Aug 10

Three men and a baby

Dell, Ballmer, Hurd and Torch — doing their best to lower the bar

After a solid month of Apple and Steve jobs being pummeled by the media over Antennagate, it’s refreshing to see other CEOs and companies step forward to take their beatings. Let’s thank them all for their creativity. While they’ve chosen different routes, each gives new meaning to the word “leadership”:

Michael Dell, CEO, Dell
Here’s a guy who made a fortune by breaking the rules in the computer business. Now he’s graduated to breaking S.E.C. rules for financial reporting. Not only does his company get fined $100 million, he personally gets zapped with a $4 million fine for participating in a scheme to mislead Wall Street. This isn’t exactly the inspirational behavior employees (or shareholders, customers and analysts) like to see in a CEO. While Michael fiddles, Dell burns. The Dell brand is fading, as is the value of its stock. But it’s okay. Dell’s board has just reaffirmed its “unanimous support for Michael’s continued leadership, transparent accounting, integrity in financial reporting…” It’s enough to make me believe in alternate universes.

Steve Ballmer, CEO, Microsoft
Steve has done nothing in the last couple of weeks to deserve louder calls for his ouster — but then doing nothing has become his specialty. Under Steve’s leadership, shareholders have received a steady diet of embarrassing delays, often followed by even more embarrassing products. There was the revolutionary Courier tablet, which was in development forever and then killed before release. And the concept-challenged Kin phone that was killed just 60 days after release. Let’s not forget the grand-daddy of them all, the long-delayed and ill-received travesty called Vista. Most damning though, is that in the world’s most important market — mobile technology — Microsoft is but a whisper while Apple and Google have become the superpowers. (Oh, right, I forgot. Windows Phone 7 is coming.) Is there any measure by which Ballmer deserves to keep his job? With the resources available to Microsoft, you have to wonder what the company might be if it had a real visionary at the top.

Mark Hurd, ex-CEO, HP
Justice is harsh, isn’t it. The one guy who was actually doing a good job for his shareholders was sitting on top of the world one day and sent packing the next. The official story is that after marketing contractor Jodie Fisher filed a sexual harassment suit against HP for Hurd’s behavior, an internal investigation revealed discrepancies in his expense reports and payments to Fisher for work she didn’t do. Personally, I love the idea that the CEO of HP was sitting up at night fiddling with his expense reports. Whatever, there’s a lot about this story that just doesn’t add up. Henry Blodget has an interesting take on it this morning in SFGate. All I know is that you or I don’t get severance when we resign from our jobs or when we get fired for cause. Mark got a nice little $40 million severance package for accepting exile.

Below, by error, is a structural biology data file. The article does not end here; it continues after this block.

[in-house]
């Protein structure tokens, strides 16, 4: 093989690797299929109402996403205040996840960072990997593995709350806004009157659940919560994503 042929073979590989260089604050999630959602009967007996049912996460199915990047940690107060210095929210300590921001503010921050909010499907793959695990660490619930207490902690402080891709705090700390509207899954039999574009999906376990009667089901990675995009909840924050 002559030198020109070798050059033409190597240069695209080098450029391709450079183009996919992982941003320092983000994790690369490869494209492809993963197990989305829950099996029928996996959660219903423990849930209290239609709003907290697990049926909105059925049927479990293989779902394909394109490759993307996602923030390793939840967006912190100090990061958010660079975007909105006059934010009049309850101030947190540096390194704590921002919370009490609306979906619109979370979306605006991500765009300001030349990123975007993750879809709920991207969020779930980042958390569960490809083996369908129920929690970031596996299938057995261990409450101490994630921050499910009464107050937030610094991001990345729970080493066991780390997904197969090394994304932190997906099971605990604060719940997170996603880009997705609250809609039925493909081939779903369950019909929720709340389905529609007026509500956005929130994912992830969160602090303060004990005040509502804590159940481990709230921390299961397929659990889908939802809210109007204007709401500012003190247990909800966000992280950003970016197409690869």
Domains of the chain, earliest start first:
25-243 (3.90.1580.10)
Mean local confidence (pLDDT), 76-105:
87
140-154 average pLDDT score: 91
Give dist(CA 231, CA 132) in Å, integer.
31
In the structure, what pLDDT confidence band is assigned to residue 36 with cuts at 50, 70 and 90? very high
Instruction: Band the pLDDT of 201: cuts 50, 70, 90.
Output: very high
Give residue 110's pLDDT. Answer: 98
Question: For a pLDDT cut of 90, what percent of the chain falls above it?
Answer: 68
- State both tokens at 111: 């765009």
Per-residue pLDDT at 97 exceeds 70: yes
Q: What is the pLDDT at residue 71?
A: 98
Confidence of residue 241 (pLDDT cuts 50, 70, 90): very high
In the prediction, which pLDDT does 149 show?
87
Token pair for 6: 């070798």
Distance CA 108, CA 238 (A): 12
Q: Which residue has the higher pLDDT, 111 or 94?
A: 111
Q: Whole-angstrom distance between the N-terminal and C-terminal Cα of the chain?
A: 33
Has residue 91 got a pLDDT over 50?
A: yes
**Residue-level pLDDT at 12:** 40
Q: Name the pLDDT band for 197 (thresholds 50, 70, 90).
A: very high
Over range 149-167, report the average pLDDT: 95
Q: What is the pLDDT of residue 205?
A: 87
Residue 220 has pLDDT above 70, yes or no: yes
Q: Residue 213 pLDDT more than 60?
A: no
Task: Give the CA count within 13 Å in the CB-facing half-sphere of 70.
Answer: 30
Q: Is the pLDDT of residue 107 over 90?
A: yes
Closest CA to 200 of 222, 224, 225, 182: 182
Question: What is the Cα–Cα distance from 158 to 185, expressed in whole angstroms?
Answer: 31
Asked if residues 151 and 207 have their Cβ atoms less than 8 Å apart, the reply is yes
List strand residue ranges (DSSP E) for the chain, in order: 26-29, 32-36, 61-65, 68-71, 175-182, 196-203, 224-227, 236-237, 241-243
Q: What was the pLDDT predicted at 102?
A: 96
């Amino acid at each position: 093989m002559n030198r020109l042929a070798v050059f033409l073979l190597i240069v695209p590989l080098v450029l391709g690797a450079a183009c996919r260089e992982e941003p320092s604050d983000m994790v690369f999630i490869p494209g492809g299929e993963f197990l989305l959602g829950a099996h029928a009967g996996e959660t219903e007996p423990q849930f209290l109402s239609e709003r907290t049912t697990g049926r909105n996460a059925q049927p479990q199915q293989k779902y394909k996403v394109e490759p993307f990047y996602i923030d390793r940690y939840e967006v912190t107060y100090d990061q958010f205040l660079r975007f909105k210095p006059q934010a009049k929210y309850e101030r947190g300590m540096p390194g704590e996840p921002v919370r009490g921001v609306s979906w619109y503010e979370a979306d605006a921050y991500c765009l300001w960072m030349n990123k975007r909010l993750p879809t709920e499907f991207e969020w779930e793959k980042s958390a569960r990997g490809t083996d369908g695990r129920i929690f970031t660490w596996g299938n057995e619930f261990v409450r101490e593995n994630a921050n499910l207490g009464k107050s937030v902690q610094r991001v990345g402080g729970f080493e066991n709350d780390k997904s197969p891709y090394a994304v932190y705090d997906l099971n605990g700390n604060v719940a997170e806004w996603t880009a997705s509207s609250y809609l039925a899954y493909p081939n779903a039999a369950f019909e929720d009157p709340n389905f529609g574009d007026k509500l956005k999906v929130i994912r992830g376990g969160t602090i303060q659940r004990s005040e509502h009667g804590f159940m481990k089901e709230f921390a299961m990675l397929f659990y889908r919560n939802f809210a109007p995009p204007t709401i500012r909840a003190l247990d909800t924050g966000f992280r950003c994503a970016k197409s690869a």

BlackBerry Torch, Newborn, RIM
Ain’t it cute? Say hi to the new Torch. Hard to remember the last time a non-Apple product got knocked about like this one has been. That RIM released this phone is surprising, given the company’s heritage. It’s not like they’re a newcomer to smartphones — they were literally the first guy in the pool. They’ve had plenty of time to analyze the success of Apple and Google. With all this skill and knowledge, they’ve created a new version of their software and launched it with the “all-new” BlackBerry Torch. Torch might appeal to the BlackBerry crowd but won’t be even remotely tempting to iPhone and Android customers. It has an underpowered processor, a cramped lo-res screen, and it’s thick and heavy. The words “clunky” and “cluttered” seem to pop up often in the reviews. It’s way too early to start writing BlackBerry’s epitaph, but maybe not too early to start checking out gravestone prices, just in case. The latest Nielsen survey says that only 42% of BlackBerry owners plan on buying another BlackBerry — compared to the 89% percent of iPhone owners and 71% of Android owners who plan to remain loyal.

Given the temptations and humiliations people have suffered at the top, you might want to think twice before you go applying for Hurd’s job…

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  • Synthmeister

    Great article. although I believe that the Courier project you mentioned was never a real project connected to any kind of real world OS, technology, engineering or–most important–real world price tag. It was purely a mock-up of a “concept vehicle” like the Apple Knowledge Navigator in the late 80s. Except Apple admitted that the KN was purely conceptual while MS acted like Courier was a top secret project that coincidentally “leaked” just before the iPad was introduced. The Courier never got beyond concept art/videos.

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  • qka

    Henry Blodget – now there’s a guy who’s moral compass is aligned with Michael Dell’s. Both are proven to point the wrong way.

  • Poru

    Nice article, but to say that the BB Torch is underpowered makes little sense. Most people don’t really care how fast their phone is (in terms of mhz’s), as long as it runs programs and the OS quickly. To say that the Torch is underpowered because it only has a 624mhz processor compared to the iPhone’s 1ghz (which I believe may be under-clocked) is just silly and harkens back to the days of Apple’s PPC low mhz vs PC’s Pentiums with high mhz.
    It’s all relative…
    I love Apple and love love the iPad, but for me, BB’s work amazingly for me with BIS etc…

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